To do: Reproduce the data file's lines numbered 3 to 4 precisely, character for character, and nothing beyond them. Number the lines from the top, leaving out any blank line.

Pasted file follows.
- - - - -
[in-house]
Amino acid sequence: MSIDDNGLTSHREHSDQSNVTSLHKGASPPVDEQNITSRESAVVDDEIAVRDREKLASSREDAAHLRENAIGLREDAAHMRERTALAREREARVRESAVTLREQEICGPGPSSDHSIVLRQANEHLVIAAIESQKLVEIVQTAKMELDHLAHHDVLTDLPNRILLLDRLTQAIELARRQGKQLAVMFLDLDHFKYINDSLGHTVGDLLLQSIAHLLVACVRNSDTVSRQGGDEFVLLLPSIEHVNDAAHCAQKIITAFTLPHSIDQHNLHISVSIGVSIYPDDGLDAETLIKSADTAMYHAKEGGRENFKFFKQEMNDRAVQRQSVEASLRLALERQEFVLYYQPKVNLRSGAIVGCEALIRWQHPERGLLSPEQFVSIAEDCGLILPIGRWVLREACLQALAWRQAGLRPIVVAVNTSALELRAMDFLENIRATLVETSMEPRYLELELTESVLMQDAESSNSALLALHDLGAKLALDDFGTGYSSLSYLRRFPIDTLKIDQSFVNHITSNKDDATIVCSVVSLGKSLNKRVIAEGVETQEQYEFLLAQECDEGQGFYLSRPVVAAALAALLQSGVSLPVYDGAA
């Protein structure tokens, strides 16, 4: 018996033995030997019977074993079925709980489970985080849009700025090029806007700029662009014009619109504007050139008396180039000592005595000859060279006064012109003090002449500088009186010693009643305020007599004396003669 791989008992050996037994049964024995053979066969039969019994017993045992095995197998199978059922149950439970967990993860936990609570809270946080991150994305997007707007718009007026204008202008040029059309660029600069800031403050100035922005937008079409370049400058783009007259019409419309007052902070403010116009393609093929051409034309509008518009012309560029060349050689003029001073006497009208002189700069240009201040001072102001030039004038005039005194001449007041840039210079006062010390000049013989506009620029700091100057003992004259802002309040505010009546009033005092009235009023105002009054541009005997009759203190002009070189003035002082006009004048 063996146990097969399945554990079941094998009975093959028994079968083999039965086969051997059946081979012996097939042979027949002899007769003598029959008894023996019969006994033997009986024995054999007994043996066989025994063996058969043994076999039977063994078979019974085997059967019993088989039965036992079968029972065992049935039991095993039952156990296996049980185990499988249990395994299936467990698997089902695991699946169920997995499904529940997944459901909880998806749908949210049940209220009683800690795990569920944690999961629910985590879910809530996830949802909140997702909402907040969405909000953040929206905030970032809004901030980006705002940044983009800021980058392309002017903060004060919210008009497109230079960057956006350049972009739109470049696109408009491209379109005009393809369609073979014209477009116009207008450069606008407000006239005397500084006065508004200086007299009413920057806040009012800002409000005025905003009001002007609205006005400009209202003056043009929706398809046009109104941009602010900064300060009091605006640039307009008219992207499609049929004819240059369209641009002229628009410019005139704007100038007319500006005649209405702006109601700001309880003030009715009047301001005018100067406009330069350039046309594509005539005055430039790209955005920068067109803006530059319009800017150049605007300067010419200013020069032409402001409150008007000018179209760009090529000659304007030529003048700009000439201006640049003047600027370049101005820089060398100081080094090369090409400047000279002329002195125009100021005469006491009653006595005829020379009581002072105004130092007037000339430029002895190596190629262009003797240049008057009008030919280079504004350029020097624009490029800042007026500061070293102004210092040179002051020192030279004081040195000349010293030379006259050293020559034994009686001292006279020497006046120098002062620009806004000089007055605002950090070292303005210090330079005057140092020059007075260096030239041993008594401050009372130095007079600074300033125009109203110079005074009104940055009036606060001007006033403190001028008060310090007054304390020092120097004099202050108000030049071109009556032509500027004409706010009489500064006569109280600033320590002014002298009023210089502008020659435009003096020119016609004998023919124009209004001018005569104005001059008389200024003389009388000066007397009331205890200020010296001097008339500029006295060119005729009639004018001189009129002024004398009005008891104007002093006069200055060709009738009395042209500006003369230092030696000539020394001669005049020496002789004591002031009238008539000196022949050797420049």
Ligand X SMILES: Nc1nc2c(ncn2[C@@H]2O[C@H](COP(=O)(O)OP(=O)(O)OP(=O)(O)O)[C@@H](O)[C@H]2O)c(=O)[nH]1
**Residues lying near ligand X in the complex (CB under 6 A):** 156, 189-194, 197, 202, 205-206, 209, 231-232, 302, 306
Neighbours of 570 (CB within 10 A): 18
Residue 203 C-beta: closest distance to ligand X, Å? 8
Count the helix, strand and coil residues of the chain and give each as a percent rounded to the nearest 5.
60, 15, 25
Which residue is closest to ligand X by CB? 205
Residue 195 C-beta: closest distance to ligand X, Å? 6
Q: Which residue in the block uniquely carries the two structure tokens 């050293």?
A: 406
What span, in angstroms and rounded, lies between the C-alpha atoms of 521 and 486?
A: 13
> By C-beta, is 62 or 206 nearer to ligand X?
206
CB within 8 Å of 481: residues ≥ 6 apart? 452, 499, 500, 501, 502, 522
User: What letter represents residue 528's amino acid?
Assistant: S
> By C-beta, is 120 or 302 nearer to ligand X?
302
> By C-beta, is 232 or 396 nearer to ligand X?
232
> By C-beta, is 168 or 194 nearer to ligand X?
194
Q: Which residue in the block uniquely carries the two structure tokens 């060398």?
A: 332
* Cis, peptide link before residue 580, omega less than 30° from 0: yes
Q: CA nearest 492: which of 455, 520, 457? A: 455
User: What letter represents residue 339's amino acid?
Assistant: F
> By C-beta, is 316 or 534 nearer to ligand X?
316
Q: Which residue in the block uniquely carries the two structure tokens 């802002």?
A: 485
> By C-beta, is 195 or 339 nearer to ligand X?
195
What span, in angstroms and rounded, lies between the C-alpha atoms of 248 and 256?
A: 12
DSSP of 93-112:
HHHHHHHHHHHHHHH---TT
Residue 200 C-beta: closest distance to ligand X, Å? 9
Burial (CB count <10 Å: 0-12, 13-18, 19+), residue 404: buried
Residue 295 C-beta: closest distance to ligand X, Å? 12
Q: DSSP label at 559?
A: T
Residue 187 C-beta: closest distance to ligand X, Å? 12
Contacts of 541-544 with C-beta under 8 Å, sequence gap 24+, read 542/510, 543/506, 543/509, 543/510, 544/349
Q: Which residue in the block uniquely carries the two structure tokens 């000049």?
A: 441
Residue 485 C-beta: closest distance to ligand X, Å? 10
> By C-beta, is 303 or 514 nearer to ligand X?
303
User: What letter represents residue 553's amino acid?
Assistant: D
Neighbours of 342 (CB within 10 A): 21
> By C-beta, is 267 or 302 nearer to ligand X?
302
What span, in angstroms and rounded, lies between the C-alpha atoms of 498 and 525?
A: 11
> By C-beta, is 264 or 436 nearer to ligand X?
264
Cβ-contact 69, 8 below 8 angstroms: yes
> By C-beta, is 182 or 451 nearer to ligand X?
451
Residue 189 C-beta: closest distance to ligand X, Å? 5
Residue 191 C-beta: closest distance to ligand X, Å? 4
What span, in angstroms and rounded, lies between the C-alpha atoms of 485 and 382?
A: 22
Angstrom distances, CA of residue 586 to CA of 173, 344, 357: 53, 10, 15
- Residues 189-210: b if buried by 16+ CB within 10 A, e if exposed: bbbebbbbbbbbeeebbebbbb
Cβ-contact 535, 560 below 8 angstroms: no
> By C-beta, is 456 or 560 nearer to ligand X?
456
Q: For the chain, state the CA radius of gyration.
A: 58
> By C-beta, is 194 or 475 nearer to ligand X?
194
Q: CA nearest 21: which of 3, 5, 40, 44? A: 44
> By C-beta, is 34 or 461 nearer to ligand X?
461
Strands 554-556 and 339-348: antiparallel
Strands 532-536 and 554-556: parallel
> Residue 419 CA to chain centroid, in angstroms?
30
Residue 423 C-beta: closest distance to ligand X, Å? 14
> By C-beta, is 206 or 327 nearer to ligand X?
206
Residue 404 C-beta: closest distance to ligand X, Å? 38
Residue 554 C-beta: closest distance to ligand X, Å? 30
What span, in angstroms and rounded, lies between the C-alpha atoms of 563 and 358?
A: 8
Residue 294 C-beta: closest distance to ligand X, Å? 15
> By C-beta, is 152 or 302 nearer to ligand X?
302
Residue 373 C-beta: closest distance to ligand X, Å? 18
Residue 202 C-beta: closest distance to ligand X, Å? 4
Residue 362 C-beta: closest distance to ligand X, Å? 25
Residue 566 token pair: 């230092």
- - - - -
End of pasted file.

């Protein structure tokens, strides 16, 4: 018996033995030997019977074993079925709980489970985080849009700025090029806007700029662009014009619109504007050139008396180039000592005595000859060279006064012109003090002449500088009186010693009643305020007599004396003669 791989008992050996037994049964024995053979066969039969019994017993045992095995197998199978059922149950439970967990993860936990609570809270946080991150994305997007707007718009007026204008202008040029059309660029600069800031403050100035922005937008079409370049400058783009007259019409419309007052902070403010116009393609093929051409034309509008518009012309560029060349050689003029001073006497009208002189700069240009201040001072102001030039004038005039005194001449007041840039210079006062010390000049013989506009620029700091100057003992004259802002309040505010009546009033005092009235009023105002009054541009005997009759203190002009070189003035002082006009004048 063996146990097969399945554990079941094998009975093959028994079968083999039965086969051997059946081979012996097939042979027949002899007769003598029959008894023996019969006994033997009986024995054999007994043996066989025994063996058969043994076999039977063994078979019974085997059967019993088989039965036992079968029972065992049935039991095993039952156990296996049980185990499988249990395994299936467990698997089902695991699946169920997995499904529940997944459901909880998806749908949210049940209220009683800690795990569920944690999961629910985590879910809530996830949802909140997702909402907040969405909000953040929206905030970032809004901030980006705002940044983009800021980058392309002017903060004060919210008009497109230079960057956006350049972009739109470049696109408009491209379109005009393809369609073979014209477009116009207008450069606008407000006239005397500084006065508004200086007299009413920057806040009012800002409000005025905003009001002007609205006005400009209202003056043009929706398809046009109104941009602010900064300060009091605006640039307009008219992207499609049929004819240059369209641009002229628009410019005139704007100038007319500006005649209405702006109601700001309880003030009715009047301001005018100067406009330069350039046309594509005539005055430039790209955005920068067109803006530059319009800017150049605007300067010419200013020069032409402001409150008007000018179209760009090529000659304007030529003048700009000439201006640049003047600027370049101005820089060398100081080094090369090409400047000279002329002195125009100021005469006491009653006595005829020379009581002072105004130092007037000339430029002895190596190629262009003797240049008057009008030919280079504004350029020097624009490029800042007026500061070293102004210092040179002051020192030279004081040195000349010293030379006259050293020559034994009686001292006279020497006046120098002062620009806004000089007055605002950090070292303005210090330079005057140092020059007075260096030239041993008594401050009372130095007079600074300033125009109203110079005074009104940055009036606060001007006033403190001028008060310090007054304390020092120097004099202050108000030049071109009556032509500027004409706010009489500064006569109280600033320590002014002298009023210089502008020659435009003096020119016609004998023919124009209004001018005569104005001059008389200024003389009388000066007397009331205890200020010296001097008339500029006295060119005729009639004018001189009129002024004398009005008891104007002093006069200055060709009738009395042209500006003369230092030696000539020394001669005049020496002789004591002031009238008539000196022949050797420049």
Ligand X SMILES: Nc1nc2c(ncn2[C@@H]2O[C@H](COP(=O)(O)OP(=O)(O)OP(=O)(O)O)[C@@H](O)[C@H]2O)c(=O)[nH]1